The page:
Hijacking the cause of women

We should empower women. This statement used to be a profound one. Today, it is almost meaningless. Everyone seems to agree with it and have their own interpretation about what the phrase means. In March 2017, Saudi Arabia launched a much-touted Girls’ Council. It was all about empowering women and girls. All thirteen people present on the stage were men. A couple of months prior, Donald Trump signed a policy on “empowering” women to weaker reproductive rights, flanked by a dozen of his closest advisors, not a woman in sight.

The concept of empowerment has been hijacked, and not only by men. Female CEOs ensure us that there are no systemic problems around, and it’s all a matter of the woman just “leaning in” in conversations and being more assertive. Female TED speakers explain that it’s all a matter of finding and using your power pose and people will listen to you. In my everyday experience, in many organizations, women in leadership benefiting from the status quo are happy to equate women empowerment with their own empowerment. Some women in traditionally male but highly paid industries, say finance, are happy to be tokens of diversity.

So does empowering women have any meaning anymore? It does. It means changing the system which is the oldest pattern of social domination in existence. The researcher Valerie Hudson calls it the “patrilineal syndrome.” It is as old as society. Throughout much of history, women were objects. Killing and raping them meant little or no jail time. Paying them less than men, or not at all, was the norm. To this day, in some societies, women are being kept as slaves. And I don’t mean ISIS, I mean the West, where trafficked women are used as sexual objects. Between fifteen and thirty million women are living as forced labour as you read this.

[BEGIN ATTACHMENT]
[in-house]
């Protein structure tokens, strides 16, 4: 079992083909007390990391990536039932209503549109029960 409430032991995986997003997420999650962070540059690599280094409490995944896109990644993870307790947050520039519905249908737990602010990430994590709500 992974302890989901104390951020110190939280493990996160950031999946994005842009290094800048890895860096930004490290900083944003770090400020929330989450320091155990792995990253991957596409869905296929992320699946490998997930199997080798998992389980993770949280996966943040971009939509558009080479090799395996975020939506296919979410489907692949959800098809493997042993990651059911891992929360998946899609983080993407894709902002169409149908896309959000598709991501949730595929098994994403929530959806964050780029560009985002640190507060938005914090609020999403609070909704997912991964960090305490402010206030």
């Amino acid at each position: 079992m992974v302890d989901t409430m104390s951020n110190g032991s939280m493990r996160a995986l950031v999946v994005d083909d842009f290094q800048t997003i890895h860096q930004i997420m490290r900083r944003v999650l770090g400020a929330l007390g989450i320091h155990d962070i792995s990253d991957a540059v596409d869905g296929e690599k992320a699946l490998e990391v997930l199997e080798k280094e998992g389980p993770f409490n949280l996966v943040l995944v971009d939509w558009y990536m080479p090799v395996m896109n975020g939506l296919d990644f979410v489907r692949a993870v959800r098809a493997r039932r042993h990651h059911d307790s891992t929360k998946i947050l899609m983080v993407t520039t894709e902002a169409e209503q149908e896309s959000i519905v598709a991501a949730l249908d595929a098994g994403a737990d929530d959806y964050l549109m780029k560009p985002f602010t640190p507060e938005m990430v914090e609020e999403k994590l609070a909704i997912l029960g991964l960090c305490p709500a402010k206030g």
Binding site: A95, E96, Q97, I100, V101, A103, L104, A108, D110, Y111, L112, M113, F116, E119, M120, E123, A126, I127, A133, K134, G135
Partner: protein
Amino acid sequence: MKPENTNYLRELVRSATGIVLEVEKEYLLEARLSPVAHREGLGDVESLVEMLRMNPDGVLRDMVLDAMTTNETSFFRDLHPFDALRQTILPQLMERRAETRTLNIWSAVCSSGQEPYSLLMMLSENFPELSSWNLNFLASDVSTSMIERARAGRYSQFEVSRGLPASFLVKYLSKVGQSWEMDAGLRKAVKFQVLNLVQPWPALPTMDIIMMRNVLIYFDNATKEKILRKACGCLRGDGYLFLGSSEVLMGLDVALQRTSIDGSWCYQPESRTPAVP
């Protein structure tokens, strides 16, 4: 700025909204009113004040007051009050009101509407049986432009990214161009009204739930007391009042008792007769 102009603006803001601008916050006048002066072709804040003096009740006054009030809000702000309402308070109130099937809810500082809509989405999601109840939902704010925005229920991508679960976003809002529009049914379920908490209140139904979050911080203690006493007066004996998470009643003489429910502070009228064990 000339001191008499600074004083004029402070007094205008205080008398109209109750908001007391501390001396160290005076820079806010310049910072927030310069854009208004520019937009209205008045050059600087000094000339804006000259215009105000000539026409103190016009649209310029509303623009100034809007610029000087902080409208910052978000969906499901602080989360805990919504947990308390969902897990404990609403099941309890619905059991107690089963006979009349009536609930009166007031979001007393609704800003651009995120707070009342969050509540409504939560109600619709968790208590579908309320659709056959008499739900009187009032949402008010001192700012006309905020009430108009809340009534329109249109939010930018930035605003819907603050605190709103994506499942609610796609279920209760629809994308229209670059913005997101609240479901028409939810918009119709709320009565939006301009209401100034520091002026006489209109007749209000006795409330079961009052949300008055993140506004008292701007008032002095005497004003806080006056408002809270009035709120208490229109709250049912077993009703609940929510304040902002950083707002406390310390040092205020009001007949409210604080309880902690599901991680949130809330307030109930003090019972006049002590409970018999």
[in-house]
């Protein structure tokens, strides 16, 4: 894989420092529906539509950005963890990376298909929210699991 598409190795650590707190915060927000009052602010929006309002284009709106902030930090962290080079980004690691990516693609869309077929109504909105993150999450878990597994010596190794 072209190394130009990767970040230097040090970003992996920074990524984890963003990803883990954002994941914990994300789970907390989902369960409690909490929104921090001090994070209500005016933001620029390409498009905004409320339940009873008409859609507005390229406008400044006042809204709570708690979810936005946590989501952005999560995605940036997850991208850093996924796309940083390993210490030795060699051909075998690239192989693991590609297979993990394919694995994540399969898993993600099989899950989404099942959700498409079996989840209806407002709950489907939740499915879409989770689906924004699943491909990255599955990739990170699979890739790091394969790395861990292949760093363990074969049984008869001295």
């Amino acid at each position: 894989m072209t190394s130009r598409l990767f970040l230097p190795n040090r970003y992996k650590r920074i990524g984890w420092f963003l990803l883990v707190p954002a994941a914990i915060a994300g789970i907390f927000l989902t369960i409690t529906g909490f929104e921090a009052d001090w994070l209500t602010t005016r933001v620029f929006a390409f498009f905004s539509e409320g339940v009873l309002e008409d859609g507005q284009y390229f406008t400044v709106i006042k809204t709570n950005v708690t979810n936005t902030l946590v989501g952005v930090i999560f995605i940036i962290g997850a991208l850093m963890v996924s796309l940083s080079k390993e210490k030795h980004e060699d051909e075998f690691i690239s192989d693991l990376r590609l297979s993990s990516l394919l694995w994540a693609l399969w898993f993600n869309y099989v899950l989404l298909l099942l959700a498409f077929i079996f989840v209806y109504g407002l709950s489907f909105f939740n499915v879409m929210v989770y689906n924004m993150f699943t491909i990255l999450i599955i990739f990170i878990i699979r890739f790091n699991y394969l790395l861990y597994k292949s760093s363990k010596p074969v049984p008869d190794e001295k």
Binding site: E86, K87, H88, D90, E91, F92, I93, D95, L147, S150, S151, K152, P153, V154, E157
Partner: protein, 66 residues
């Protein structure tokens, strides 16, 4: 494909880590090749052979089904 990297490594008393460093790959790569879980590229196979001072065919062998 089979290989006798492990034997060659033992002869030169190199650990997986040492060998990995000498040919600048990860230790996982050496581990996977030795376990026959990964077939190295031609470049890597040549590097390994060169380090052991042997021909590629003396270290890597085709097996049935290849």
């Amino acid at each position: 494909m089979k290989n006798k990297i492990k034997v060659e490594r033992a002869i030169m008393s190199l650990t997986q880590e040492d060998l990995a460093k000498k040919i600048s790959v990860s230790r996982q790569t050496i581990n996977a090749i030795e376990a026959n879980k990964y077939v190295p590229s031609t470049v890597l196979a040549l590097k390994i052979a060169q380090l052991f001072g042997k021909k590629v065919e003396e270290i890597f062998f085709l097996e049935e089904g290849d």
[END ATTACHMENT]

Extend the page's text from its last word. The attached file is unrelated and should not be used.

Of the 87,000 women murdered in 2017, half were killed by an intimate partner or family member. More than one billion women lack any legal protection from domestic violence, one of the most pervasive forms of gender violence. During the COVID-19, domestic violence increased by up to 60% in some regions.

Women live in a world created by and for men. This system has its cycle of disempowerment with weak links that philanthropy can attack:

The patrilineal syndrome, with some of its weakest links pointed out through arrows. Adapted from Hudson et al, 2020.

Globally, there are three areas of investment in which philanthropy can produce the most benefit by exploiting these weak links.

Child Marriage

The first area of weakness in the syndrome is child marriage. The international public opinion has recently swayed decisively to the side of ending child marriage. The Elders, a group of respected elder statesmen and stateswomen, have launched the “Girls Not Brides” initiative. Even more impressively, since the turn of this century, fifty-two countries have increased their marriage age to eighteen years old or higher, and an additional eight countries have endeavored to close loopholes in their marriage laws that permit under-eighteen-year-olds to marry despite the fact that the stipulated age of marriage is eighteen. Some nations, such as Norway, refuse to recognize child marriages even if they were contracted in countries where the marriage was deemed legal.


Polygyny, the practice of having more than one wife, is another component that is vast in its import for the society and that is more susceptible to direct challenge than many of the other components. First, as research by McDermott and colleagues show in their survey of six countries where the practice is legal, “the majority of both men and women see little to no benefit from the practice and, in fact, are harmed by it.” Indeed, McDermott and her colleagues found less than 50 percent support among men for the practice in their survey. The harm, then, is not only to women. Most men in society will face a far more difficult marriage market as a result of the polygynous aspirations of the subset of elite men, and they are quite aware of this fact. In reality, it is only elite men, or aspirants to such status, who support the practice; this is a point of weakness in the patrilineal syndrome.